On Tuesday, Ronald Rietveld—the boy who made the discovery and is now a retired historian—will donate his original notes about the picture to the Abraham Lincoln Presidential Library and Museum in Springfield.
The photo marks one of the last chapters of a story that began in April 1865, just days after Lincoln was assassinated in Washington. On a stop in New York City, one of a number of places Lincoln’s remains were displayed while being taken by train to Springfield for burial, a photographer was allowed to take a picture of the president in an open coffin.
Lincoln’s secretary of war, Edwin M. Stanton, apparently heard about the photograph and ordered it and all prints and negatives destroyed. All were, except for one sent to Stanton.
Rietveld enters the story in the early 1950s when, as a teenager fascinated with Lincoln, he attended the dedication of a collection of Lincoln-related items at the University of Iowa.
Harry Pratt, the state historian of Illinois and a Lincoln scholar, was so impressed with Rietveld that he invited him to Springfield to see the 16th president’s home and tomb. Pratt also let Rietveld look through papers of John Nicolay and John Hay, who were White House secretaries when Lincoln was president. Hay’s daughter donated the papers to the Illinois State Historical Library in 1943.
Rietveld came upon an envelope sent to Nicolay in 1887 by Stanton’s son, who explained that he’d found some of his father’s papers and thought Nicolay might want them.
“Then I opened up the folded sheet of plain stationery and there lay a faded brown photograph,” Rietveld wrote in an article that appeared in Abraham Lincoln Online.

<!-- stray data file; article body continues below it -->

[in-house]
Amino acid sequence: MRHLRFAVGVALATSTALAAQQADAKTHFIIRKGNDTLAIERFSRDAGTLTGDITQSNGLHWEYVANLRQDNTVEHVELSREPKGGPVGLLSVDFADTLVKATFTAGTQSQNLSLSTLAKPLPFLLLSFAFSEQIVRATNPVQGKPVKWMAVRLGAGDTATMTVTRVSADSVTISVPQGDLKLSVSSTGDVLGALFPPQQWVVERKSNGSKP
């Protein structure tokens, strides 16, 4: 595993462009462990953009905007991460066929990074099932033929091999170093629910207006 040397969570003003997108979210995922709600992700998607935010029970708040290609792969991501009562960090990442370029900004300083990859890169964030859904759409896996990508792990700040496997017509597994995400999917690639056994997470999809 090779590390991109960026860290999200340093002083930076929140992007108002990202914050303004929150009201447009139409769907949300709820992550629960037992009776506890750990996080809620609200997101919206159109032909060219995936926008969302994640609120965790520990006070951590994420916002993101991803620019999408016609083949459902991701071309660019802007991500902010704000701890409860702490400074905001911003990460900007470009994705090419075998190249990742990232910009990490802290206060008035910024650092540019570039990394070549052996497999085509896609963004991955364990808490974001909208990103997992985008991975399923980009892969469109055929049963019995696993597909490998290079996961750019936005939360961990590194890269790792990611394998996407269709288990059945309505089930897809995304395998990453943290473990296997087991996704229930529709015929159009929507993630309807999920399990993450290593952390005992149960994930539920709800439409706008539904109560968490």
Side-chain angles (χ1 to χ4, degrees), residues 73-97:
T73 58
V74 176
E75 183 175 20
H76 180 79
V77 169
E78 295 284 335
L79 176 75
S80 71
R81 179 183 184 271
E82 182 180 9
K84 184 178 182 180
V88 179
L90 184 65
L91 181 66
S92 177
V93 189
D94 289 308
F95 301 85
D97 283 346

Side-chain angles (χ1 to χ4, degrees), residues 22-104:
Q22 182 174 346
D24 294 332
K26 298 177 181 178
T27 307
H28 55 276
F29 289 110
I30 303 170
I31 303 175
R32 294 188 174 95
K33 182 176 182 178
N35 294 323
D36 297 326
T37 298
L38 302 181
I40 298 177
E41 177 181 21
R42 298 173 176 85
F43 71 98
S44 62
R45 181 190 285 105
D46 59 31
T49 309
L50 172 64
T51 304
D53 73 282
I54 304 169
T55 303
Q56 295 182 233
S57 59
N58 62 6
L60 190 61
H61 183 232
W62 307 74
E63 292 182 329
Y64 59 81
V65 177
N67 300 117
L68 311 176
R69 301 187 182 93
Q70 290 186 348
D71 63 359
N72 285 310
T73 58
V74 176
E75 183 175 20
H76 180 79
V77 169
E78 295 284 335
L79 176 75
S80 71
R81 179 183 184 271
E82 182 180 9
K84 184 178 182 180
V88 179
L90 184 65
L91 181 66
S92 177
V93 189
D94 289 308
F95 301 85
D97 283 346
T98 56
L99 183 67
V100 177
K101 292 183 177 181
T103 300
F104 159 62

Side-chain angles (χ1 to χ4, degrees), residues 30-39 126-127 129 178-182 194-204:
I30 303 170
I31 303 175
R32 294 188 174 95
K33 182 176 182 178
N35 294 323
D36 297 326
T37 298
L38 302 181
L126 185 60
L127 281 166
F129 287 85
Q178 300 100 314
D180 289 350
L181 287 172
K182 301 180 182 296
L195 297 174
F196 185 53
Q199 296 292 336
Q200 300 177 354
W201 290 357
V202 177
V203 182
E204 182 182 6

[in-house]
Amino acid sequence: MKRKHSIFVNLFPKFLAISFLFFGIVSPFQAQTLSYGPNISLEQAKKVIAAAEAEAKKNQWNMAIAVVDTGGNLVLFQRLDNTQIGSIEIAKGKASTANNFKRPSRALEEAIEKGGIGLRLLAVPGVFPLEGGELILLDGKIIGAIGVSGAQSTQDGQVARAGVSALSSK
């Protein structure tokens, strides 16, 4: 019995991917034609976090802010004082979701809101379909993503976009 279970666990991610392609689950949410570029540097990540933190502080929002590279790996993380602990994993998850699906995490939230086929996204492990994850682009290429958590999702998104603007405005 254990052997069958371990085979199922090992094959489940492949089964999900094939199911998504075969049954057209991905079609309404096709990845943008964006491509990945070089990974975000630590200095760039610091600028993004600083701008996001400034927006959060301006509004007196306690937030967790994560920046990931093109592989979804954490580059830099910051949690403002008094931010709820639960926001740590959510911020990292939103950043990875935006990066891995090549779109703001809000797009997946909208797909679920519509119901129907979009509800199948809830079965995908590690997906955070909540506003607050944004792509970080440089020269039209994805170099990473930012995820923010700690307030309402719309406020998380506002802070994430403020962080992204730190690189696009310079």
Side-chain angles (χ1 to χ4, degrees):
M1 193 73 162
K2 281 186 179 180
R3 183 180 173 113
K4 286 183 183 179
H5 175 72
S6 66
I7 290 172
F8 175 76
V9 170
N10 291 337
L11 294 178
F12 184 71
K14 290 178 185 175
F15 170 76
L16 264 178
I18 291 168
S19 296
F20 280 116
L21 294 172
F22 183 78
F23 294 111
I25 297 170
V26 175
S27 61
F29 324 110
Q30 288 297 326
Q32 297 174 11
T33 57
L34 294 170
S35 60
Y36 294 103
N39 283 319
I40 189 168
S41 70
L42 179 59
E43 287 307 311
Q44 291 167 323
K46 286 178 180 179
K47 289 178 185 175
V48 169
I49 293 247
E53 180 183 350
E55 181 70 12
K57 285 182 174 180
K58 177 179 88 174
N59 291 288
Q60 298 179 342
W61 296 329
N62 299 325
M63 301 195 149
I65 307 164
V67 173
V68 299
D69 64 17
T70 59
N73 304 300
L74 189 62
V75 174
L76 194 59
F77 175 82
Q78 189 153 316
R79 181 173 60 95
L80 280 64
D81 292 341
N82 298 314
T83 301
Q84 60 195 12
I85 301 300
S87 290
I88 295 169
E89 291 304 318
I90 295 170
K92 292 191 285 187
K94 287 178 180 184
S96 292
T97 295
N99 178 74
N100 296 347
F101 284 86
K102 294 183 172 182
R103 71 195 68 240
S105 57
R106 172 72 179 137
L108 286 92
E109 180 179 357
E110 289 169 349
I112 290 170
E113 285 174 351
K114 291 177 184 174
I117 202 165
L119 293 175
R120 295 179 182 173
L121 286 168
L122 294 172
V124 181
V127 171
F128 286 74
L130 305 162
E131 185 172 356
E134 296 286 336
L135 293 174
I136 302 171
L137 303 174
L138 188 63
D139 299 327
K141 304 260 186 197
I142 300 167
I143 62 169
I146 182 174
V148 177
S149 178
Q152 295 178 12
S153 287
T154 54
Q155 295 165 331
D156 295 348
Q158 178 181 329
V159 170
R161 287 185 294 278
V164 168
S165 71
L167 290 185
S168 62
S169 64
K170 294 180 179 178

At first he didn’t believe what he was seeing.
“My first reaction was, ‘This can’t be’ because I knew Lincoln photography well enough to know there were no photographs of Lincoln in the coffin, there were no such pictures, period,” Rietveld, now 77, said in a phone interview Saturday.
Pratt told Rietveld to keep quiet about the photo until he could determine its authenticity. Rietveld boarded a bus with his secret and returned home to Iowa where he didn’t say a word to anyone, including his mother.
On the morning of Sept. 14, 1952, his mother shook him awake and told him that his grandfather had just called with news that a picture of Lincoln was all over the front page of the Des Moines newspaper, with Rietveld’s name front and center.
“She wanted to know what I had done wrong,” said Rietveld, chuckling at the memory. “I told her I didn’t do anything wrong, I’d found the photograph during the summer in Springfield. The AP (Associated Press) had put my name all over the country.”
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